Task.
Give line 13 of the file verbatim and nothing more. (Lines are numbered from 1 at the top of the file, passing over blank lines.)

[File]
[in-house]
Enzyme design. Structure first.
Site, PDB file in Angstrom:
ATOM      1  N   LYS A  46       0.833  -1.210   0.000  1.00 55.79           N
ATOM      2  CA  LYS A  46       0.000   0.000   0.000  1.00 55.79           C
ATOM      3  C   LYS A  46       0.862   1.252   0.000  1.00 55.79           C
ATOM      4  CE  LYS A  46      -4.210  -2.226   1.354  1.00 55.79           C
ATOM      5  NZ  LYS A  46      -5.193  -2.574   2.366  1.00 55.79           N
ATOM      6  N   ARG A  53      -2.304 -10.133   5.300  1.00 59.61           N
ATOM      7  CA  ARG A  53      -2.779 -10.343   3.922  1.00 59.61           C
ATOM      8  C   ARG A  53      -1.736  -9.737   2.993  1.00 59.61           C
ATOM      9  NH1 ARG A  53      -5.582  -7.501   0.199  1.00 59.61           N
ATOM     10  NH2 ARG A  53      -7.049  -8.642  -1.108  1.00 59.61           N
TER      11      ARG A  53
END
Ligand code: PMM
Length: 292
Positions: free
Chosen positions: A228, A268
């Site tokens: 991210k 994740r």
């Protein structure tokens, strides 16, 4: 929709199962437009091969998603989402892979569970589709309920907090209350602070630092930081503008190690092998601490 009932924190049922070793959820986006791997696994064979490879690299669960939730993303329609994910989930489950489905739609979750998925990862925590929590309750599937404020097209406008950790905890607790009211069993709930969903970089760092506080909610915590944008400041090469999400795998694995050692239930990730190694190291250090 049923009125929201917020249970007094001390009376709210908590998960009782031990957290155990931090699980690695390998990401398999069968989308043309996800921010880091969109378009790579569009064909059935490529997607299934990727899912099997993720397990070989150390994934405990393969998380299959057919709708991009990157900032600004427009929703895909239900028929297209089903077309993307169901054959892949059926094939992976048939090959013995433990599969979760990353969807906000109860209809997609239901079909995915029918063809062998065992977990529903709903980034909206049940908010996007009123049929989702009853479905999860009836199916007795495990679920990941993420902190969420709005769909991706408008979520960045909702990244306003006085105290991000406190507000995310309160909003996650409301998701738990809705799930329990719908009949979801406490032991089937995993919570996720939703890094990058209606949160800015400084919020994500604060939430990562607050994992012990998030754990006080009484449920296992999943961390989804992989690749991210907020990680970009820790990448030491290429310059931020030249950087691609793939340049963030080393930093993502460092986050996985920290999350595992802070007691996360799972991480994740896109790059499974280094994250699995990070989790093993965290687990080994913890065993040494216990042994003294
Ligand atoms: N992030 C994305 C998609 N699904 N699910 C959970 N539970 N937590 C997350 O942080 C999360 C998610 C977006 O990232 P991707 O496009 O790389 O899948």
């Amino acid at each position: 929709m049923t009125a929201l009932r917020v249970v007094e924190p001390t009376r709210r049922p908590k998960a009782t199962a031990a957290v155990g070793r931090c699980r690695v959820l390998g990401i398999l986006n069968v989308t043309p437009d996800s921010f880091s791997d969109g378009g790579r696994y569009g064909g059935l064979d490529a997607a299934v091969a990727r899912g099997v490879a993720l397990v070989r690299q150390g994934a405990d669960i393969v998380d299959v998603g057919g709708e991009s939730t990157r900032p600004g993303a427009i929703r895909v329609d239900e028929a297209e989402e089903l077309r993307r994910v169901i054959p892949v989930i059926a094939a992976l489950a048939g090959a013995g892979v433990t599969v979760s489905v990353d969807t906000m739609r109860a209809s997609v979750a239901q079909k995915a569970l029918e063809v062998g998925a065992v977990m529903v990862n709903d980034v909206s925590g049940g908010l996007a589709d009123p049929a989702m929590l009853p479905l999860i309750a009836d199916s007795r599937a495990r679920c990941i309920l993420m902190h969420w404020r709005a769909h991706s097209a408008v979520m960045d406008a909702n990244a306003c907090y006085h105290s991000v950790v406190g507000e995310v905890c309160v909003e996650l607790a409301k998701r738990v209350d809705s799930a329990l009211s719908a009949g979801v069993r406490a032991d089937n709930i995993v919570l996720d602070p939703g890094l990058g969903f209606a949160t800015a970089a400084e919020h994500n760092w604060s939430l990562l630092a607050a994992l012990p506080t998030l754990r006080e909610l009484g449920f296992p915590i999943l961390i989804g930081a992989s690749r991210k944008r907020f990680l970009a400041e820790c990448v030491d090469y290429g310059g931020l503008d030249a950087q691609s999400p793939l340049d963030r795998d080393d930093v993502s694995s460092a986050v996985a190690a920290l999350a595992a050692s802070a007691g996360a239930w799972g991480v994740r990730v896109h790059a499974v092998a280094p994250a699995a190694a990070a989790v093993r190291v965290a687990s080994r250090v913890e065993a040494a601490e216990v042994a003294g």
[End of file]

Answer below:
ATOM     10  NH2 ARG A  53      -7.049  -8.642  -1.108  1.00 59.61           N